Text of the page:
If you drive on the Florida roads, you probably know that the state’s texting and driving law changed last year. Today, law enforcement can pull drivers over for texting behind the wheel as a primary offense (previously a secondary offense).

Review the state’s distracted driving law to potentially prevent a serious auto accident.

Texting offenses

Under the law, you cannot type, read or send an email, text or instant message while driving. You cannot use a handheld device for any reason in a school or work zone.

Florida does allow drivers to make calls and send messages using hands-free technology and voice commands. You are also exempt from the texting and driving laws if you are:

  • Sending or receiving safety communication in a natural disaster such as a hurricane
  • Reporting an emergency or crime to law enforcement
  • Navigating with a handheld device
  • Acting in an official capacity as a first responder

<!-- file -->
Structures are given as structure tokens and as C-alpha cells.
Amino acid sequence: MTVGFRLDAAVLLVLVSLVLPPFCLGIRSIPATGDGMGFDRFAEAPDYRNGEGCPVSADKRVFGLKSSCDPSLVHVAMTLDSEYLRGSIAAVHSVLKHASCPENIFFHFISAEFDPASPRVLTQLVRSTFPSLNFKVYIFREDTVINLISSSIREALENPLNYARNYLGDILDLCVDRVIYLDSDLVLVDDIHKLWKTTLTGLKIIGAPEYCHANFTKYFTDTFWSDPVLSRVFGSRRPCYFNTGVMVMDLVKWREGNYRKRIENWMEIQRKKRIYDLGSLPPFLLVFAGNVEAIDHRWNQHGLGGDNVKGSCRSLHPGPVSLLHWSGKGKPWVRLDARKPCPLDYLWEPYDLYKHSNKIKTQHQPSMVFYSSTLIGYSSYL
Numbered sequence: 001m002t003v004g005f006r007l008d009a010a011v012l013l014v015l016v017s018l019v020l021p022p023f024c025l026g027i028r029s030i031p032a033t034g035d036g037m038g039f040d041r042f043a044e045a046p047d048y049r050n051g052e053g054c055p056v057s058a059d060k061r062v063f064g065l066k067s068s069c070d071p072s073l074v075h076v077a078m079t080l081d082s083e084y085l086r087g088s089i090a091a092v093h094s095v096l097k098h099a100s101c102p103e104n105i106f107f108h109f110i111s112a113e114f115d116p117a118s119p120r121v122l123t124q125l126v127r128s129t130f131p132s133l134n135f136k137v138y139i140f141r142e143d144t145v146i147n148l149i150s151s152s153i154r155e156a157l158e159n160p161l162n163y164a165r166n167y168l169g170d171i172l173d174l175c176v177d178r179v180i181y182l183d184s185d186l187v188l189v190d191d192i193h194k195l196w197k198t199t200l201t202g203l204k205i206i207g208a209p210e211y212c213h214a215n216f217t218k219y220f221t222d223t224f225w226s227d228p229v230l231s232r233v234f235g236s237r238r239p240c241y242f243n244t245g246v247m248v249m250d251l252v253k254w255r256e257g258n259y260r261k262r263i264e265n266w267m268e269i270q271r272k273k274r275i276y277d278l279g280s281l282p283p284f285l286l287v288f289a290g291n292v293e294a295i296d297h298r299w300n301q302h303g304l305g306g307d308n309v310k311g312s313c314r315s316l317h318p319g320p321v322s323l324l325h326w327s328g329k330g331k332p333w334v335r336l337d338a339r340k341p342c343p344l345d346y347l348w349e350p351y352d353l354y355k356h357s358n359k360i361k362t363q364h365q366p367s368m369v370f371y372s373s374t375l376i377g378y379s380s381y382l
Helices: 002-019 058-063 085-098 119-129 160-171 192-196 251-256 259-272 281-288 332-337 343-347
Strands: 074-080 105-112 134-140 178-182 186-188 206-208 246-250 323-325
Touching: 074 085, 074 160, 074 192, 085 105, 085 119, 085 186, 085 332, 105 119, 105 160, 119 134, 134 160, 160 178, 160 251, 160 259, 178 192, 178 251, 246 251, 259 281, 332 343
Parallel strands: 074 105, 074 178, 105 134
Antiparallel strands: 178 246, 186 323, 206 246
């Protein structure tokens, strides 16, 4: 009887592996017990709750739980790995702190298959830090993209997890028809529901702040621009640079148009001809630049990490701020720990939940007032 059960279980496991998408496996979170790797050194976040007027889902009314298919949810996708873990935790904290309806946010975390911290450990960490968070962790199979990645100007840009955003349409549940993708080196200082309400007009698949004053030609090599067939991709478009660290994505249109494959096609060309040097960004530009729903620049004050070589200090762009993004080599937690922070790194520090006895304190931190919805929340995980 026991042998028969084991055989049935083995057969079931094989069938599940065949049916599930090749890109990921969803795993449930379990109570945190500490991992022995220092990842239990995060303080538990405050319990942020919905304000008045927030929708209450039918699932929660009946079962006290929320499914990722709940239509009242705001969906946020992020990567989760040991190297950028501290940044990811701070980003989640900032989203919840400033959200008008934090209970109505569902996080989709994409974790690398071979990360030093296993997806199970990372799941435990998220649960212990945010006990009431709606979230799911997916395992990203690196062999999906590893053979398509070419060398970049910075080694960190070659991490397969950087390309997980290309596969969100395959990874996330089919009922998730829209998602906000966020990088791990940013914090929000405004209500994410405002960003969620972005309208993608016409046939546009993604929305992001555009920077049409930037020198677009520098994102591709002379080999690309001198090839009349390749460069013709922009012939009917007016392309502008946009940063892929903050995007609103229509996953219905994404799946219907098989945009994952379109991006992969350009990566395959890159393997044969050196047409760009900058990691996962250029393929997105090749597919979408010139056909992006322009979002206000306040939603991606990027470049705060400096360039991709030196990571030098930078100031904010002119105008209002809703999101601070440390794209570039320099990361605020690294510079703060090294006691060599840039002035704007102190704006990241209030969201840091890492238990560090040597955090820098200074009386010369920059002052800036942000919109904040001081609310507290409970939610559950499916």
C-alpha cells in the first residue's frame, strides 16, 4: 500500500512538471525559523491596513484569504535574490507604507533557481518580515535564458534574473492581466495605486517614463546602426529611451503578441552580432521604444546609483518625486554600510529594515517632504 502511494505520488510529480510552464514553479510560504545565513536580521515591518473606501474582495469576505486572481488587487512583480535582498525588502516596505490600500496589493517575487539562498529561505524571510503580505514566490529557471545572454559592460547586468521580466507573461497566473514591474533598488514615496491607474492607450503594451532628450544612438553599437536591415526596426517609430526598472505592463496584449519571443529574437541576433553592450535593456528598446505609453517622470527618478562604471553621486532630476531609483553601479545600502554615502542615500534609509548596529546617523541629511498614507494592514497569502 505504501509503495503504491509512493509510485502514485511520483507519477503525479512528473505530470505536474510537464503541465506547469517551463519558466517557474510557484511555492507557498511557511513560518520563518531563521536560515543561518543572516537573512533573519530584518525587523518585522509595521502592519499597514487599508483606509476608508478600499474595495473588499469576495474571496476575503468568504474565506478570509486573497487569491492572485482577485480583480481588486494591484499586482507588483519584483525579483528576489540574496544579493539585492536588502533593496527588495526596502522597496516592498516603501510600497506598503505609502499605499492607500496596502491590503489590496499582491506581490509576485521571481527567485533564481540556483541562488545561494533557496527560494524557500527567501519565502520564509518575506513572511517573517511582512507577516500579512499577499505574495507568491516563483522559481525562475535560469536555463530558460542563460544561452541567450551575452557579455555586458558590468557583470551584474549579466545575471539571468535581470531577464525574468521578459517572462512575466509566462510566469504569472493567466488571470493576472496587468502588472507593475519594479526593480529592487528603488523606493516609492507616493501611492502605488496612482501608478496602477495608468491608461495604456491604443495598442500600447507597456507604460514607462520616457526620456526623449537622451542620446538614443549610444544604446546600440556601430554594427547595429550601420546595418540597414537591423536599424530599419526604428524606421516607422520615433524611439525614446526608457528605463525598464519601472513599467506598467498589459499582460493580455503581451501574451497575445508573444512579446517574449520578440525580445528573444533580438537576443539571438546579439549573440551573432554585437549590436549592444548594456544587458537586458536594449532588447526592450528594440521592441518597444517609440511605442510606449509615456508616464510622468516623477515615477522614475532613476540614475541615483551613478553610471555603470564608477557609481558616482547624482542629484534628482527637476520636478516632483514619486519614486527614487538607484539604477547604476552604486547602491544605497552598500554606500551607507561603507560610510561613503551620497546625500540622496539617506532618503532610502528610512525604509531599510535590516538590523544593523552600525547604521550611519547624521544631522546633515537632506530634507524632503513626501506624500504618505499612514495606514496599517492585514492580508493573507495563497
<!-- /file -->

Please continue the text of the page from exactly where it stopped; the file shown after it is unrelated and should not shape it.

• Operating a self-driving car

Penalties

You can receive a ticket starting at $30 plus court fees for a distracted driving offense in Florida. You will receive a fine of $60 or more for a subsequent offense or a first offense in a work or school zone.

In addition, a second offense carries three driving record points. You will receive a license suspension if you accumulate 12 points in a year.

If you suffer a catastrophic injury in an accident in which another driver was texting, you may be able to seek legal compensation for the costs associated with the crash.